Acknowledgements Top


This work is supported, in part, by NIH AG 18479 to MB. The authors are grateful to Ms Hongmei Meng for technical assistance.

 
  References Top

1.Wang C, Youssef J, Saran B, Rothberg P, Cunningham ML, Molteni A, Badr M: Diminished energy metabolism and enhanced apoptosis in livers of B6C3F1 mice treated with the antihepatocarcinogen rotenone. Mol Cell Biochem 1999, 201: 25-32.   Back to cited text no. 1
    
2.Oberg K: Site of action of rotenone in the respiratory chain. Exp Cell Res 1961, 24: 163-164.   Back to cited text no. 2
    
3.Cunningham ML, Soliman MS, Badr M, Matthews HB: Rotenone, an anticarcinogen, inhibits cellular proliferation but not peroxisome proliferation in mouse liver. Cancer Lett 1995, 95: 93-97.   Back to cited text no. 3
    
4.King KL, Cidlowski JA: Cell cycle regulation and apoptosis. Annu Rev Physiol 1998, 60: 601-617.   Back to cited text no. 4
    
5.Telford WG, King LE, Fraker PJ: Evaluation of glucocorticoid-induced DNA fragmentation in mouse thymocytes by flow cytometry. Cell Prolif 1991, 24: 447-459.   Back to cited text no. 5
    
6.Fryer C, Kinyamu HK, Rogatsky I, Garabedian MJ, Archer TK: Selective activation of the glucocorticoid receptor by steroid antagonists in human breast cancer and osteosarcoma cells. J Biol Chem 2000, 275: 17771-17777.   Back to cited text no. 6
    
7.Isenberg J, Kolaja K, Ayoubi S, Watkins JB, Klaunig JE: Inhibition of Wy-14,643 induced hepatic lesion growth by rotenone. Carcinogenesis 1997, 18: 1511-1519.   Back to cited text no. 7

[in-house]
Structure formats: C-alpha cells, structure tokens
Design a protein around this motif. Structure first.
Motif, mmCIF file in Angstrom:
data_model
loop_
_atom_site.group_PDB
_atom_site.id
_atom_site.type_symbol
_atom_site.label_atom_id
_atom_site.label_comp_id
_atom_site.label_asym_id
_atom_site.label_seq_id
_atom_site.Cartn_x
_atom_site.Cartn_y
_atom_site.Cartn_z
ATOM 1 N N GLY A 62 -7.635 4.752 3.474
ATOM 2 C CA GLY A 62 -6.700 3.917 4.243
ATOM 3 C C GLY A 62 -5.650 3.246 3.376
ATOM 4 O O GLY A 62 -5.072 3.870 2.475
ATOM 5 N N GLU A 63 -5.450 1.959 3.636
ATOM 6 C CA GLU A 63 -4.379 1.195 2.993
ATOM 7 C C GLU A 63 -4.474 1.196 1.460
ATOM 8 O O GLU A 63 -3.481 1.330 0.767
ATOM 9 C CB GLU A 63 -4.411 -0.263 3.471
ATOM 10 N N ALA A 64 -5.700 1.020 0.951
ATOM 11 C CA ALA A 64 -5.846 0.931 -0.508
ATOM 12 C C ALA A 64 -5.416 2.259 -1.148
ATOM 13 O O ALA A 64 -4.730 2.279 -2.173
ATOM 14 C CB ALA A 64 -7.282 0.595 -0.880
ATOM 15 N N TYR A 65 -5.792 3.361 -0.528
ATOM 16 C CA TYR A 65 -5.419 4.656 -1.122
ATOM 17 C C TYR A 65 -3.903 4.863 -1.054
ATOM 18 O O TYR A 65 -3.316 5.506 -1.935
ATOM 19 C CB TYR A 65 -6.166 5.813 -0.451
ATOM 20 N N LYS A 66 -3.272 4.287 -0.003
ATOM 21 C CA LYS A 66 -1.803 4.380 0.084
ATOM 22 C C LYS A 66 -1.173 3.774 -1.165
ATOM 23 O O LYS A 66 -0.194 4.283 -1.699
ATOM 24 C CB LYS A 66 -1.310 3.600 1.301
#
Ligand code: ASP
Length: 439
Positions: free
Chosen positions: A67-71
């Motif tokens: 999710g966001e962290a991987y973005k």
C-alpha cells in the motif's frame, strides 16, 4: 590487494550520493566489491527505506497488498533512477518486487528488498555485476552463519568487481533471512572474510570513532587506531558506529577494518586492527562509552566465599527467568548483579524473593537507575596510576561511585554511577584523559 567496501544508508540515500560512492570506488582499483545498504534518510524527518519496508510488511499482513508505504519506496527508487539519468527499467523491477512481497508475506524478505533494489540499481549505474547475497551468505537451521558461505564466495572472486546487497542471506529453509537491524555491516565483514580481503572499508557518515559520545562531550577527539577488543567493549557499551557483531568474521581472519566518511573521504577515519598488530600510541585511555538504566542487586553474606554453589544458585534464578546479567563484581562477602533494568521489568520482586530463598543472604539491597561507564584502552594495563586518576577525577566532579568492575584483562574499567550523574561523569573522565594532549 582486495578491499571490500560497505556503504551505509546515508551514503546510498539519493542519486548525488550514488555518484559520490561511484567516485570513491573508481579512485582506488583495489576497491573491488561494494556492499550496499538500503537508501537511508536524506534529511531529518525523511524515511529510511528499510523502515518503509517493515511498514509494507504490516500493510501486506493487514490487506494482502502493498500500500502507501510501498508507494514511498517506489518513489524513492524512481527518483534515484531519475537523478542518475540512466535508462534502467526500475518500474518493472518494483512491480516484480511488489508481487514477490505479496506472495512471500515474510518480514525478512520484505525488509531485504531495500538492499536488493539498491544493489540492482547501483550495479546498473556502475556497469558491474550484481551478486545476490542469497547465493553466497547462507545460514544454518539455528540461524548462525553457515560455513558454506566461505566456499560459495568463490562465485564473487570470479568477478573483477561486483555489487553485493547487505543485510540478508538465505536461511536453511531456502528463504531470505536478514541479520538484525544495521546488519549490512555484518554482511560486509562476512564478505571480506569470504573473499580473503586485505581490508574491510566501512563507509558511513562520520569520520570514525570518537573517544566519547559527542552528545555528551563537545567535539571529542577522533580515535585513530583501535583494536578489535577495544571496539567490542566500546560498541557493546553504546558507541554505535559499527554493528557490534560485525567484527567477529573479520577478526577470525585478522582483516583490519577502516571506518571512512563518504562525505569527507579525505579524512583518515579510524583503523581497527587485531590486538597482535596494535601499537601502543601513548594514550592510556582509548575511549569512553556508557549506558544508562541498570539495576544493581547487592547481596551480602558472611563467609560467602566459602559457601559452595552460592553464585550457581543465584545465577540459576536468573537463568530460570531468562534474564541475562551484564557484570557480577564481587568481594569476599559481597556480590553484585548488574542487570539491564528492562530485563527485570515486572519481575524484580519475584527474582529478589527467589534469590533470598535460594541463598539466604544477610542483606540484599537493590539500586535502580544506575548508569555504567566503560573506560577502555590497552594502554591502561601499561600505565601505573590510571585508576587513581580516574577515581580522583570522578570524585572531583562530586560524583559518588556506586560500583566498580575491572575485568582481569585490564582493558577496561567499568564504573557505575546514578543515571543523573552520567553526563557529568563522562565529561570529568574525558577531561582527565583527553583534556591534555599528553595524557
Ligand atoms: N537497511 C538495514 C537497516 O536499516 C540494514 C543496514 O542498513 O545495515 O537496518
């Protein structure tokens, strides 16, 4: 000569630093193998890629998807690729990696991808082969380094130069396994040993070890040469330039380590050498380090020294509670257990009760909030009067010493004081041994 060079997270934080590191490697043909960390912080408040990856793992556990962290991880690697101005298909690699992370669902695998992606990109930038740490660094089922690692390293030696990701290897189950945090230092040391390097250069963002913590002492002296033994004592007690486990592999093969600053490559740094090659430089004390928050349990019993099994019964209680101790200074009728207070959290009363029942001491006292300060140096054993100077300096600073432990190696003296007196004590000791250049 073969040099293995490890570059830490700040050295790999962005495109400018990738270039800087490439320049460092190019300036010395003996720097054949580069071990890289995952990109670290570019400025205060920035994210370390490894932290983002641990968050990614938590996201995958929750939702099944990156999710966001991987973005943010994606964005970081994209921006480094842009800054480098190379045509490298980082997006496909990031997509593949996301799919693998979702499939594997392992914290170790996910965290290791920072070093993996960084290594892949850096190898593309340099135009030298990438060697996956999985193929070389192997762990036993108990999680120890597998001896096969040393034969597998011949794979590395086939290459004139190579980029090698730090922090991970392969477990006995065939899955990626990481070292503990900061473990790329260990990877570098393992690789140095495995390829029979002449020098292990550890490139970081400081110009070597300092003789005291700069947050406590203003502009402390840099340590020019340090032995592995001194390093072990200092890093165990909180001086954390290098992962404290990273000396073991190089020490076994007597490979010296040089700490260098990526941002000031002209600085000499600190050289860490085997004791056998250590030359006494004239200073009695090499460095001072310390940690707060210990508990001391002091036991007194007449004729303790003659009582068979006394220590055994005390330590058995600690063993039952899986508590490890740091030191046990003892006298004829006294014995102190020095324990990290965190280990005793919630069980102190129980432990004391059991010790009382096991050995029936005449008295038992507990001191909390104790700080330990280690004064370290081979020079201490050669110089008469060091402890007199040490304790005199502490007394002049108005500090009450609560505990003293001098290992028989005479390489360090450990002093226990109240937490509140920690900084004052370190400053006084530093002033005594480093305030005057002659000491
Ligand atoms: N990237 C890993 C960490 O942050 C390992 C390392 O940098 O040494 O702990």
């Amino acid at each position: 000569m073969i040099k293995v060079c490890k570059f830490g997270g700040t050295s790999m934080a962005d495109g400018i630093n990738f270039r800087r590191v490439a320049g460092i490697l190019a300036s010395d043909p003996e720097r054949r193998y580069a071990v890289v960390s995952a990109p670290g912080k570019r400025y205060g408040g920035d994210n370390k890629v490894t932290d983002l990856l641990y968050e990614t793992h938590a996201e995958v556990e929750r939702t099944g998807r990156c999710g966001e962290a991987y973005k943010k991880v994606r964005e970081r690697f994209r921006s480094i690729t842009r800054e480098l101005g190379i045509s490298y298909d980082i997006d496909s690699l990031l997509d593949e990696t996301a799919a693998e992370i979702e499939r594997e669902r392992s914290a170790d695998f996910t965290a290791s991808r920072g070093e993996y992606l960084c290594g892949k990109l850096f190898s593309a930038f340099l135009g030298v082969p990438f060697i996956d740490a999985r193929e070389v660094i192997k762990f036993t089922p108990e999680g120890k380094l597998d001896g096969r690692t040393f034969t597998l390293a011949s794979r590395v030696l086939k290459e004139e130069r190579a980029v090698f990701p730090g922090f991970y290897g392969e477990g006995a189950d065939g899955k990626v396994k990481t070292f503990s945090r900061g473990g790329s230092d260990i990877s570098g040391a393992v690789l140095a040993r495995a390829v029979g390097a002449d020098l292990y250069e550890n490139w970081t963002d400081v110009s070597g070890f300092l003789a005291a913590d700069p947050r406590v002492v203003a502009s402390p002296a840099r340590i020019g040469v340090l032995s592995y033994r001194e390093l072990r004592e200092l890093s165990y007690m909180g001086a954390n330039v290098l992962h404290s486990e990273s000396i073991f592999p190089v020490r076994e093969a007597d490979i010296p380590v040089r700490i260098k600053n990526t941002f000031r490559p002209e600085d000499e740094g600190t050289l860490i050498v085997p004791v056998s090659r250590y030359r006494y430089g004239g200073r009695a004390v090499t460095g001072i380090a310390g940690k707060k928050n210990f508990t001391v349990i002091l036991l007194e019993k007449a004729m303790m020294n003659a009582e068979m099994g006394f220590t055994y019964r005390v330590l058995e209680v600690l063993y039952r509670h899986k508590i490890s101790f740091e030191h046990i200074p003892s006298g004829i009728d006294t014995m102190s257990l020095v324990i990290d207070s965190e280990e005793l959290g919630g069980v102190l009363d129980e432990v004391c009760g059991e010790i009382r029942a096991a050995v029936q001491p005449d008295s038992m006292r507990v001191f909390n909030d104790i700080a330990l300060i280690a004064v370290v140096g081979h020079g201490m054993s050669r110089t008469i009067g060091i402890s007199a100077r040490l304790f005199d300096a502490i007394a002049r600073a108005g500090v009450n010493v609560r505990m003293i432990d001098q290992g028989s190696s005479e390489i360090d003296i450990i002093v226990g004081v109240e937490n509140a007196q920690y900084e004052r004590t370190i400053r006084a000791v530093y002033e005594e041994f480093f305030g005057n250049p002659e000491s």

8.Henderson IC, Fischel RE, Loeb JN: Suppression of DNA synthesis by cortisone. Endocrinol 1971, 88: 1471-1474.   Back to cited text no. 8
    
9.Henderson IC, Loeb JN: Hormone-induced changes in liver DNA synthesis: effects of glucocorticoids and growth hormones: growth and DNA polymerase activity. Endocrinol 1974, 93: 1637-1643.   Back to cited text no. 9
    
10.Denis G, Humbelt M, Varlaet J, Boniver J, Defresne MP: p53, Bax and Bcl-2 in vivo expression in the murine thymus after apoptogenic treatments. Anticancer Res 1998, 18: 3315-3321.   Back to cited text no. 10
    
11.Medh RD, Saeed MF, Johnson BH, Thompson EB: Resistance of human leukemic CEM-C1 cells is overcome by synergism between glucocorticoid and protein kinase A pathways: correlation with c-myc suppression. Cancer Res 1998, 58: 3684-3693.   Back to cited text no. 11
    
12.Youssef J, Badr M: Hepatocarcinogenic potential of the glucocorticoid antagonist RU 486 in B6C3F1 mice: effect on apoptosis, expression of oncogene and the tumor suppressor gene p 53. Mol Can 2003, 2: 3.   Back to cited text no. 12
    
13.Selye E, Hall C: Pathological changes induced in various species by overdosage with desoxycorticosterone. Arch Pathol 1943, 36: 19-28.   Back to cited text no. 13
    
14.Skelton FR: Production and inhibition of hypertensive disease in rat by corticosterone. Endocrinol 1958, 62: 364-369.   Back to cited text no. 14
    
15.Gopala K, Shiff S, Telang N, Das K, Kohgo Y, Narayan S, Li H: Carcinogenesis: The more we seek to know the more we need to know-challenges in the post genomic era. J Carcinogenesis 2003, 2: 1.   Back to cited text no. 15
    
16.Birnbaum L, Cummings A: Dioxins and Endometriosis: A Plausible hypothesis. Environ Health Perspect 2002, 110: 15-21.  Back to cited text no. 16
    


    Figures

  [Figure 1], [Figure 2], [Figure 3], [Figure 4], [Figure 5], [Figure 6]
 
 
    Tables

  [Table 1]